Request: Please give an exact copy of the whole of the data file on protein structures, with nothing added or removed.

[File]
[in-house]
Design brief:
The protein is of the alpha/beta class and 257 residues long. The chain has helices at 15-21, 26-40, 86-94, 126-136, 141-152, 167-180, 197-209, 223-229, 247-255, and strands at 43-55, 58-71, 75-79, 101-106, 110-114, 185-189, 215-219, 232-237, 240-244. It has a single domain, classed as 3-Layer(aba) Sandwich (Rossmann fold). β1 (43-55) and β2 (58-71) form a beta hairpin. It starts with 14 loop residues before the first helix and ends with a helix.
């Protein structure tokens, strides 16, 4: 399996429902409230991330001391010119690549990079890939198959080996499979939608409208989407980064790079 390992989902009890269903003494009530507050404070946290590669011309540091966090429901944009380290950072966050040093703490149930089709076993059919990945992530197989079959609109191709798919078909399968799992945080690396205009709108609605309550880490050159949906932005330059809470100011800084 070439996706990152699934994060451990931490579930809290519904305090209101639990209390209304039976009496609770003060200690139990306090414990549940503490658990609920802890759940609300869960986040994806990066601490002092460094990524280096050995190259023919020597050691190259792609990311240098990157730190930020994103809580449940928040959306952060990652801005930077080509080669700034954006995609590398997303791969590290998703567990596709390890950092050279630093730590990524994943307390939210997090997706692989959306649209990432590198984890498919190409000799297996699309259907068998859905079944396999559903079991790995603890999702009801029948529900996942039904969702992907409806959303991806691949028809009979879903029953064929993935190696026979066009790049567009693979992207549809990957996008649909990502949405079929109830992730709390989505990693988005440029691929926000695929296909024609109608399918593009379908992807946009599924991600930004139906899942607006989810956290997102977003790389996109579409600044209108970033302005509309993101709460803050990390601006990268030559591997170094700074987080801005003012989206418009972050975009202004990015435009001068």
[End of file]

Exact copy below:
[in-house]
Design brief:
The protein is of the alpha/beta class and 257 residues long. The chain has helices at 15-21, 26-40, 86-94, 126-136, 141-152, 167-180, 197-209, 223-229, 247-255, and strands at 43-55, 58-71, 75-79, 101-106, 110-114, 185-189, 215-219, 232-237, 240-244. It has a single domain, classed as 3-Layer(aba) Sandwich (Rossmann fold). β1 (43-55) and β2 (58-71) form a beta hairpin. It starts with 14 loop residues before the first helix and ends with a helix.
């Protein structure tokens, strides 16, 4: 399996429902409230991330001391010119690549990079890939198959080996499979939608409208989407980064790079 390992989902009890269903003494009530507050404070946290590669011309540091966090429901944009380290950072966050040093703490149930089709076993059919990945992530197989079959609109191709798919078909399968799992945080690396205009709108609605309550880490050159949906932005330059809470100011800084 070439996706990152699934994060451990931490579930809290519904305090209101639990209390209304039976009496609770003060200690139990306090414990549940503490658990609920802890759940609300869960986040994806990066601490002092460094990524280096050995190259023919020597050691190259792609990311240098990157730190930020994103809580449940928040959306952060990652801005930077080509080669700034954006995609590398997303791969590290998703567990596709390890950092050279630093730590990524994943307390939210997090997706692989959306649209990432590198984890498919190409000799297996699309259907068998859905079944396999559903079991790995603890999702009801029948529900996942039904969702992907409806959303991806691949028809009979879903029953064929993935190696026979066009790049567009693979992207549809990957996008649909990502949405079929109830992730709390989505990693988005440029691929926000695929296909024609109608399918593009379908992807946009599924991600930004139906899942607006989810956290997102977003790389996109579409600044209108970033302005509309993101709460803050990390601006990268030559591997170094700074987080801005003012989206418009972050975009202004990015435009001068």